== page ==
23rd Guards Motor Rifle Division

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31st Guards Mechanised Division (1945-57)
23rd Guards Motor Rifle Division (1957-92)
Active 1945-1992
Country Soviet Union
Branch Infantry
Size Division
Engagements Operation Ring

The 23rd Guards Motor Rifle Division of the Soviet Union's Red Army was a Motor Rifle Division active during the Cold War. After 1991-92, the Division's remnants were eventually incorporated into the new Army of Azerbaijan.

In July 1945 14th and 16th Guards Cavalry Divisions (formerly part of 7th Guards Cavalry Corps) were merged to form the 31st Guards Mechanised Division.[1]

Cold War[edit]

31st Guards Mechanised Division became the 23rd Guards Motor Rifle Division around 1957,[2] assigned to the 4th Army (IIIrd formation),[3] and garrisoned in Ganja in the Shahumyan region. In 1988 it also included the 131st Tank Regiment, the 366th Guards Motor Rifle Regiment (MRR) (equipped with BMPs) based at Stepanakert,[4] and the 368th and 370th Guards MRRs, equipped with BTRs. The division's regimental artillery battalions were equipped with towed D-30 artillery pieces.[5]

Elements of the division took part in Operation Ring in May 1991. During the operation the division's commander was Colonel Budeykin.[5] Immediately following this, the larger scope of combat engagements in the area of Stepanakert took place, including the use of BM-21 "Grad" artillery and Mil Mi-24 assault helicopters through to February 1992.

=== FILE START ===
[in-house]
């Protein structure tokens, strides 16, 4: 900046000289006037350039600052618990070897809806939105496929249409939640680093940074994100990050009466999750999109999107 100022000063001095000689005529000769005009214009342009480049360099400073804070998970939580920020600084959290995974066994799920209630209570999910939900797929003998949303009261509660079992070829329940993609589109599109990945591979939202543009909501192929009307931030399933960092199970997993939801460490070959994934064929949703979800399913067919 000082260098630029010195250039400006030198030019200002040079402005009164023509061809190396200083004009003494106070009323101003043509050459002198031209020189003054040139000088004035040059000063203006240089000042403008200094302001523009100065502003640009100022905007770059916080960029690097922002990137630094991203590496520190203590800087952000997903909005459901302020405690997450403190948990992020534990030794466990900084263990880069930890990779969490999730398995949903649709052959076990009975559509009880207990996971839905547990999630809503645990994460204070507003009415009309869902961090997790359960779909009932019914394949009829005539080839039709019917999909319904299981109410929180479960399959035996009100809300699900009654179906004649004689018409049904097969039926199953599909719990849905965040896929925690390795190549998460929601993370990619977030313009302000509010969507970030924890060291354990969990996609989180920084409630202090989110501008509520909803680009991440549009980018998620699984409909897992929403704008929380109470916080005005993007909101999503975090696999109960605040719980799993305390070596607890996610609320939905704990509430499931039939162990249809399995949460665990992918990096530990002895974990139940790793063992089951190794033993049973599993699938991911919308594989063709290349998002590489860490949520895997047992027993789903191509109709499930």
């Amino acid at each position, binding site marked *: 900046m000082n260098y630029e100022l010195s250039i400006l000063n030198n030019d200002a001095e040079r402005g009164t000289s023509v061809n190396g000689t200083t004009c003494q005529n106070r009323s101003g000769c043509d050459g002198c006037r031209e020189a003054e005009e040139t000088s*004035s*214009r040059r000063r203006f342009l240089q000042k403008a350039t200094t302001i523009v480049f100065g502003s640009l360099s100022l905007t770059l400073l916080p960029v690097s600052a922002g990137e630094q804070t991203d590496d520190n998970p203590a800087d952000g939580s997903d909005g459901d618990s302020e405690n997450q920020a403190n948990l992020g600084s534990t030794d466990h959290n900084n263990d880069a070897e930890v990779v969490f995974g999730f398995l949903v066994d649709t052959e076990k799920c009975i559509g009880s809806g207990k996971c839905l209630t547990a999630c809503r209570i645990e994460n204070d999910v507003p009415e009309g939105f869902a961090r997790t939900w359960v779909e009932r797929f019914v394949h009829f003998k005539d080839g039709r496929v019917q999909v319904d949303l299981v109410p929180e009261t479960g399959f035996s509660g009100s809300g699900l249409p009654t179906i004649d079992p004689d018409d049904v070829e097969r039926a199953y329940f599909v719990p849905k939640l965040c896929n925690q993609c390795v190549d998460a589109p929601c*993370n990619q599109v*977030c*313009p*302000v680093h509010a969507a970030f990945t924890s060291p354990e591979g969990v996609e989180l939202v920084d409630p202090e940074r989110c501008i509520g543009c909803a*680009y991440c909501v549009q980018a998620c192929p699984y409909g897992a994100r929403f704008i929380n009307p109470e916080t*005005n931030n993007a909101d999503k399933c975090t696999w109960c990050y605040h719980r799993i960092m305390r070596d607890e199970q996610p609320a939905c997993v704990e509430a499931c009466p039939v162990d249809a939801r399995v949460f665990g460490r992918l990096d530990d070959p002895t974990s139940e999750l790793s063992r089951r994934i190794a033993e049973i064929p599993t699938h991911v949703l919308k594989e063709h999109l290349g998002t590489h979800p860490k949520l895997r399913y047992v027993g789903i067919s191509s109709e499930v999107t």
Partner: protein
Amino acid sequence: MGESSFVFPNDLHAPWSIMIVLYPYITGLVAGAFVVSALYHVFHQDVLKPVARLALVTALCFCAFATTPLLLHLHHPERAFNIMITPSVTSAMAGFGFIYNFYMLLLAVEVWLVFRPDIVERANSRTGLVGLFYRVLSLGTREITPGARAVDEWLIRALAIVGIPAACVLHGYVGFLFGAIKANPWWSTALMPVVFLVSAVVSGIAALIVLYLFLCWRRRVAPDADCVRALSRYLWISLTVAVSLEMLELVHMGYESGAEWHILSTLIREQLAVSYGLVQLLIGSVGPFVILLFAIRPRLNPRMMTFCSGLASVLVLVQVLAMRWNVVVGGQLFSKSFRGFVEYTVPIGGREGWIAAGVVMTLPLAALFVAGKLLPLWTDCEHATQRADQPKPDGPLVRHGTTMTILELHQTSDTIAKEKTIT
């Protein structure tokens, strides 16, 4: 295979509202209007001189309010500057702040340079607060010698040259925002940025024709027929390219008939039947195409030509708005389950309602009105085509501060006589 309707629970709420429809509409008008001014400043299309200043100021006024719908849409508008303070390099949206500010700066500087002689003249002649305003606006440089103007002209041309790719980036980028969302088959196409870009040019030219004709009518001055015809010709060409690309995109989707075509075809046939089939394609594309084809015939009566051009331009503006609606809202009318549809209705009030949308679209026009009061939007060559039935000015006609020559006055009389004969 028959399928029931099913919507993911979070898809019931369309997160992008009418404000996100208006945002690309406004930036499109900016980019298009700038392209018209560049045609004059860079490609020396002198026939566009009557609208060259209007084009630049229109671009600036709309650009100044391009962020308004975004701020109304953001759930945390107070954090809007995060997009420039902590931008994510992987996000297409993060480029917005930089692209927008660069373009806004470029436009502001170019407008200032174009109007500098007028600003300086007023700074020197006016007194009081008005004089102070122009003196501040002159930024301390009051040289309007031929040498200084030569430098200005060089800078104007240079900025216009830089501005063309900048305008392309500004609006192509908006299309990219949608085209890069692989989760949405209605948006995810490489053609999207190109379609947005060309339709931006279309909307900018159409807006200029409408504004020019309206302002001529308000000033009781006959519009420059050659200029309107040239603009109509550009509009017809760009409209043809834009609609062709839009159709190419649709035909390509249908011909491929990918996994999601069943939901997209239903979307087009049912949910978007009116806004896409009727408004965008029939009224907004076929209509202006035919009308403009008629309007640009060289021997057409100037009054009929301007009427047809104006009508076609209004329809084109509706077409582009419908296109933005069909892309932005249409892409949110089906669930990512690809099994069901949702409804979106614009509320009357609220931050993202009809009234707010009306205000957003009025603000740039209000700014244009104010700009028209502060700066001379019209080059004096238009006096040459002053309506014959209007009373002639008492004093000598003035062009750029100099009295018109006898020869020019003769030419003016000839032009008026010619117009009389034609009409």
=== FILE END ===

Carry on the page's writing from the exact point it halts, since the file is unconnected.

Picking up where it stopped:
The division, along with the other three divisions of the 4th Army, was ordered to be withdrawn amidst the fighting in the Nagorno-Karabakh War in May and June. Elements of the 366th MRR appear to have been involved in the Khojaly massacre of February 1992. The regiment was under the command of Colonel Yuri Zarvigorov.[6] However, on June 21, 1992 the divisional column was prevented from departing Ganja by the civilian Azerbaijani population. The Azerbaijanis demanded that the division surrender its military equipment during Azeri declaration of independence, and the division commander, General Major Yury Pokhamov, complied to avoid civilian casualties.[7] This was largely due to a lack of direction and indecision at Headquarters Transcaucasian Military District and at the General Staff. This did not occur because for the most part the officers of the 366th Motor Rifle Regiment had begun to offer assistance to the Armenian population, while the units based in Ganja deciding to side with the Azeri population. This was largely due to about 50 of the remaining 350 personnel of the 366th Motor Rifle Regiment being Armenian, including the commander of the 2nd Battalion, Major Seyran Ohanyan.[8] Of particular use to the Armenians was the regimental tank company's ten tanks.

See also[edit]

References[edit]

  1. ^ Craig Crofoot, Axis History Forum Soviet Cavalry after 1945
  2. ^ This should not to be confused with the NKVD's 23rd Motor Rifle Division of the Second World War. See Isayev, chapter.3, in (Russian) Dubno to Rostov, Исаев А.В. От Дубно до Ростова. — М.: АСТ; Транзиткнига, 2004
  3. ^ ВОВ-60 - 4-я армия (4-я Отдельная армия)
  4. ^ de Waal, Thomas. Black Garden: Armenia and Azerbaijan Through Peace and War. New York: New York University Press, 2003. p. 166 ISBN 0-8147-1945-7.
  5. ^ a b Beglaryan, Ashot. The Northern gates of Artsakh
  6. ^ The Guardian (London), March 7, 1992. Suzanne Goldenberg. Russian deserters join Armenians.
  7. ^ Isayev, chapter.2, from Dubno to Rostov, Исаев А.В. От Дубно до Ростова. — М.: АСТ; Транзиткнига, 2004
  8. ^ de Waal. Black Garden, p. 167.

Sources[edit]

  • Murphy, David E. "'Operation Ring': The Black Berets in Azerbaijan." The Journal of Soviet Military Studies, Vol. 5, No. 1, March 1992.